Deep within the exhibit I found the hypnotic pencil drawn tableaus of Susan Te Kahurangi King, “Te Kahurangi” meaning “the treasured one” in Maori language. Born in 1951 in Te Ahora, a small rural village of New Zealand, King was the second oldest in a family of twelve children. She began to draw at a very young age, and although her drawings skills developed at a profound rate, she was losing her ability to speak and sing, something she had also loved to do. By age eight, she could no longer communicate, but could draw for hours without breaking concentration. The result is an indescribable body of work that seems to be drawn from a parapsychological reality. King’s works are presented by Chris Byrne and range from the early to recent years, with a twenty year break during which King, tragically, stopped drawing due to depression. During the filming of Pictures of Susan, a documentary about King’s life, she picked up her pencil once more and continued to draw from right where she left off.


In 2017’s Outsider Art Fair, I had come across the work of Foma Jaremtschuk and it has stayed with me since. This year I was especially happy to see more of his drawings from the Henry Boxer gallery archive. Born in 1907 in Siberia, Jaremtschuk never had an art education, moreover, he dropped out of school in the third grade. At the age of twenty-nine, he was sent to a labor camp during the Stalinist repressions and by age forty he was diagnosed with Schizophrenia and spent the rest of his life in a mental institution. If not for Jaremtschuk’s doctor, who secretly collected his drawings, we would never have known that this tortured and brilliant soul once existed.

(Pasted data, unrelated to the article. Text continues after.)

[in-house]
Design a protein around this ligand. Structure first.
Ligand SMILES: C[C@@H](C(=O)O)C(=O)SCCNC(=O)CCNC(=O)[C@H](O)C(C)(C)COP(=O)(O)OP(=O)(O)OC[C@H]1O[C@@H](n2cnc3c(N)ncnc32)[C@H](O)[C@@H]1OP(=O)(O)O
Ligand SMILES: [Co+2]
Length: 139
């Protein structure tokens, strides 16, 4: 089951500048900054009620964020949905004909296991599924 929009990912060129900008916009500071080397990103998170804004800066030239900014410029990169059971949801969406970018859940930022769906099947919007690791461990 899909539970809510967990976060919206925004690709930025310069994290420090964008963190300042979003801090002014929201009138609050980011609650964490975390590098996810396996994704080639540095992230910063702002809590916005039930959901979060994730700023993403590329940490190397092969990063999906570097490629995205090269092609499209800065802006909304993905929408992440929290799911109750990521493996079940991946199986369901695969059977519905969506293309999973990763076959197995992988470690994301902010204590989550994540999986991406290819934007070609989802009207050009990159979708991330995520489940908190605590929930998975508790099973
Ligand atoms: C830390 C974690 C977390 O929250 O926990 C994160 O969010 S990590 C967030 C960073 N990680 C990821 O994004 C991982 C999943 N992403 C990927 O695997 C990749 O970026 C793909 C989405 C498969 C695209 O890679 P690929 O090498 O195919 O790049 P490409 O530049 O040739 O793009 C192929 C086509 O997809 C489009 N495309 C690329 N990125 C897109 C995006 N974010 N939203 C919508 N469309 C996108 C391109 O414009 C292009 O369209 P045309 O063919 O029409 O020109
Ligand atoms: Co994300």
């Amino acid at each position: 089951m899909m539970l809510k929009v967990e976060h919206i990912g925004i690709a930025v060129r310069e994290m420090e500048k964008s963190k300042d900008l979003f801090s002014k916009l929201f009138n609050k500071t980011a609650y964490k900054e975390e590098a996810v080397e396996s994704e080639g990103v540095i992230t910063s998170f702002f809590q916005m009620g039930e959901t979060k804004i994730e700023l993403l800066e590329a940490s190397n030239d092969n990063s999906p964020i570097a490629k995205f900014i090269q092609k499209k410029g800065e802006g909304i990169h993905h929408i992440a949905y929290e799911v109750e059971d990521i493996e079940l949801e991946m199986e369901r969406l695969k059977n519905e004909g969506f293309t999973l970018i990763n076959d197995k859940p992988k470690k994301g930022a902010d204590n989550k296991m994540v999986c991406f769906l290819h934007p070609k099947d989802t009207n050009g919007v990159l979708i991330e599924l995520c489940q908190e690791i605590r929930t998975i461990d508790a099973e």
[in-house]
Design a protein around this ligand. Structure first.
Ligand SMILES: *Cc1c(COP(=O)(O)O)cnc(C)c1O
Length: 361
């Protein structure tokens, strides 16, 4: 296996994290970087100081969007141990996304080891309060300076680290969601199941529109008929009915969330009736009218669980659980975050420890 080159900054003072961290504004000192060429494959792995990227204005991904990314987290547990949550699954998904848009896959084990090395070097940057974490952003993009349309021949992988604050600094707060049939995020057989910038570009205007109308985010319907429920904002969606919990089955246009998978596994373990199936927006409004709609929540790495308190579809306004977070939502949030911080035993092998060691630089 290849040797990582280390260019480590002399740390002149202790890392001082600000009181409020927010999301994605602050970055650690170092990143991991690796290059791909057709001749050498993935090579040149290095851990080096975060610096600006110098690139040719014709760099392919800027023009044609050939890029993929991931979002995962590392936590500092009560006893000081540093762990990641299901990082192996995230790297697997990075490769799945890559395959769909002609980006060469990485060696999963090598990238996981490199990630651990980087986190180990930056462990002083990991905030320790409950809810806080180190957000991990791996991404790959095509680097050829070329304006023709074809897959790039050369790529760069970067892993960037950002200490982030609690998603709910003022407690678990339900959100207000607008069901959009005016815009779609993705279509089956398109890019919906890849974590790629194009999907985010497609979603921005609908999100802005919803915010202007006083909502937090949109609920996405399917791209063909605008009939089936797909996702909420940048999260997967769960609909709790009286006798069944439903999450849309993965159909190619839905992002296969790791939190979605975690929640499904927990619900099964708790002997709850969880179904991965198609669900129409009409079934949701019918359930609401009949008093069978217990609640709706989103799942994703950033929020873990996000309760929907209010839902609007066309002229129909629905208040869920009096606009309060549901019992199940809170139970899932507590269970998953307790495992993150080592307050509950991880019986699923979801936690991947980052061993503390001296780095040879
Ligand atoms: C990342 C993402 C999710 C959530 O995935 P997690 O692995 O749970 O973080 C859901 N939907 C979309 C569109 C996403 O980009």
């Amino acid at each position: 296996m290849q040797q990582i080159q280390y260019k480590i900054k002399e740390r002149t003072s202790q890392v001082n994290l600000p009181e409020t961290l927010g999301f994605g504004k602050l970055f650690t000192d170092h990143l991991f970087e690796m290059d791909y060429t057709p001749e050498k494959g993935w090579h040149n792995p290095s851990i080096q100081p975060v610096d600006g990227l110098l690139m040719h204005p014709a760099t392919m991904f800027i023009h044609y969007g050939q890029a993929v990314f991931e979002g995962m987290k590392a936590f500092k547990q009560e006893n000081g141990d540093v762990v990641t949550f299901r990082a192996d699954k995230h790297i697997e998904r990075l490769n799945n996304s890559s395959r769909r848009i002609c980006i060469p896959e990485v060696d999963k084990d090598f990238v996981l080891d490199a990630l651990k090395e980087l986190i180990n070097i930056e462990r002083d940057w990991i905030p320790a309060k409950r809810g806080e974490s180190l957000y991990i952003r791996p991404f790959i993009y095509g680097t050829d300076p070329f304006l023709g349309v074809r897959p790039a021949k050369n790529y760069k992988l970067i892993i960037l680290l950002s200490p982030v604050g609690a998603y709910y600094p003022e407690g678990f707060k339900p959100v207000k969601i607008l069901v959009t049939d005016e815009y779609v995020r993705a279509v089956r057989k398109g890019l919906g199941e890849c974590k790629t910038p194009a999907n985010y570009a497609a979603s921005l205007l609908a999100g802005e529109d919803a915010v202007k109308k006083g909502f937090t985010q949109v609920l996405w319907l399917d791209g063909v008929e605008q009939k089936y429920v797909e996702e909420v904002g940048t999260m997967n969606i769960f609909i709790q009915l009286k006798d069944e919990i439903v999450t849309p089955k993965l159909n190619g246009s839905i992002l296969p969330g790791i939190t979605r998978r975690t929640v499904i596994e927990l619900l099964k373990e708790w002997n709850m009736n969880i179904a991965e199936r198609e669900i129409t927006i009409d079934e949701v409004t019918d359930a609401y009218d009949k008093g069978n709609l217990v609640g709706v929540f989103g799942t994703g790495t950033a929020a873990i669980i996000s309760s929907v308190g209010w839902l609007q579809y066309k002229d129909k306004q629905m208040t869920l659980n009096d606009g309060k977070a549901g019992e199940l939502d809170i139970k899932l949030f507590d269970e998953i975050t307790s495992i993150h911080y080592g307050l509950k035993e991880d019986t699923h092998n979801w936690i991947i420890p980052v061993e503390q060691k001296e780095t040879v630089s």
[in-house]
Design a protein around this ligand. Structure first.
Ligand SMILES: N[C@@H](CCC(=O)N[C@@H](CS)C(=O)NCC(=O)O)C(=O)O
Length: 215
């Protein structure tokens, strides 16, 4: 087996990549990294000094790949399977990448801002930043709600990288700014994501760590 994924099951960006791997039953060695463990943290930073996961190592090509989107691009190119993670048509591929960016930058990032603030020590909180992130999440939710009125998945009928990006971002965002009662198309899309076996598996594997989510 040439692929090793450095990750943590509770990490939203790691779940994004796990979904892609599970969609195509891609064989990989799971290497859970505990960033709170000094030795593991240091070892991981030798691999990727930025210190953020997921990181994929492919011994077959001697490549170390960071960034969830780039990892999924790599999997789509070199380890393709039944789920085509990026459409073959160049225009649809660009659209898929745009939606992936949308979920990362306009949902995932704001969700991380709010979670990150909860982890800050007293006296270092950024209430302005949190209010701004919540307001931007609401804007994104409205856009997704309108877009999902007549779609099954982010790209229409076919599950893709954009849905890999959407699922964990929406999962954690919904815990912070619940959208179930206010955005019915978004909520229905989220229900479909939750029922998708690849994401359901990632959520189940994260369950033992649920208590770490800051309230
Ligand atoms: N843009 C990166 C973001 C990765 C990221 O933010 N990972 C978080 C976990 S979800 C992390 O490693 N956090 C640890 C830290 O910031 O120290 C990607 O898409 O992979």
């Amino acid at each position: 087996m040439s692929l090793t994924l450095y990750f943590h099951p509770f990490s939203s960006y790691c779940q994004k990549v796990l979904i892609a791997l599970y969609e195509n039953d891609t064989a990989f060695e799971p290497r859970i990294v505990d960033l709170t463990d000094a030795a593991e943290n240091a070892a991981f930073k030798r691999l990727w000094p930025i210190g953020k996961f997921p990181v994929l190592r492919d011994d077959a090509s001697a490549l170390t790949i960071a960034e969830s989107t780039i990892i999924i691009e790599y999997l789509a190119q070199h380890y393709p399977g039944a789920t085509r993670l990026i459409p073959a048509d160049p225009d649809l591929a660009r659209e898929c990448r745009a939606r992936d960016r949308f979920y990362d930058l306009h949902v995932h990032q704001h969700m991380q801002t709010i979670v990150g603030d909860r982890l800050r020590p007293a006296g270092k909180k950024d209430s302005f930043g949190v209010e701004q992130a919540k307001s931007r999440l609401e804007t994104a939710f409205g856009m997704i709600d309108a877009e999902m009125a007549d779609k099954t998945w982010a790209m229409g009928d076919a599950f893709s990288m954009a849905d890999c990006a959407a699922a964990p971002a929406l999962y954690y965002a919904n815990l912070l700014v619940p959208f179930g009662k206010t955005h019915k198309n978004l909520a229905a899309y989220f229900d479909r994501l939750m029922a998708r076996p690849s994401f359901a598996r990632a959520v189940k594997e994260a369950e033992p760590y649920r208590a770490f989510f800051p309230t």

Jaremtschuks drawings seem to express hallucinatory images of grotesque experiments being played out in a deeply tortured mind. As a Russian myself,  there is something innately familiar to me in the narration of his drawings- it is through his works that I imagine the tragedy of mental illness in a society that hid and isolated its sick.


Unexpected Subway Living imagines a catastrophe that finds both humans and beasts cohabiting in a provisional, underground state of abject distress. This is a frightening and challenging place, where nightmares and dreams proliferate and collide. This is, on some level, a paradigm for a reality we’ve come to know Jordan Maclachlan.


Hundreds of ceramic figurines line an endless horizontal stand, from evangelists healing the sick to embryos driving cars. Turds, turtles and what looks like an astronaut talking to a newborn rat are among the scenes truly remincinent to any commuter who has spent too much time in the God forsaken New York City Subway. Hence Unexpected Subway Living (2010-2011), created by Jordan Maclachlan, a self taught ceramics artist from Toronto, was by far wildest highlight of the fair. It took several minutes for me to embrace the magnitude of this body of work, presented by the Marion Harris Gallery. I laughed out loud several times and luckily I was not alone, because you don’t need to have a PhD to get Outsider Art, you just need to have a heart.

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The Outsider Art Fair is an annual event which can be expected in New York City every January as well as in Paris in October. Please stay tuned for a more in-depth look at the Shyshaki Outsider Arts Festival in my next entry.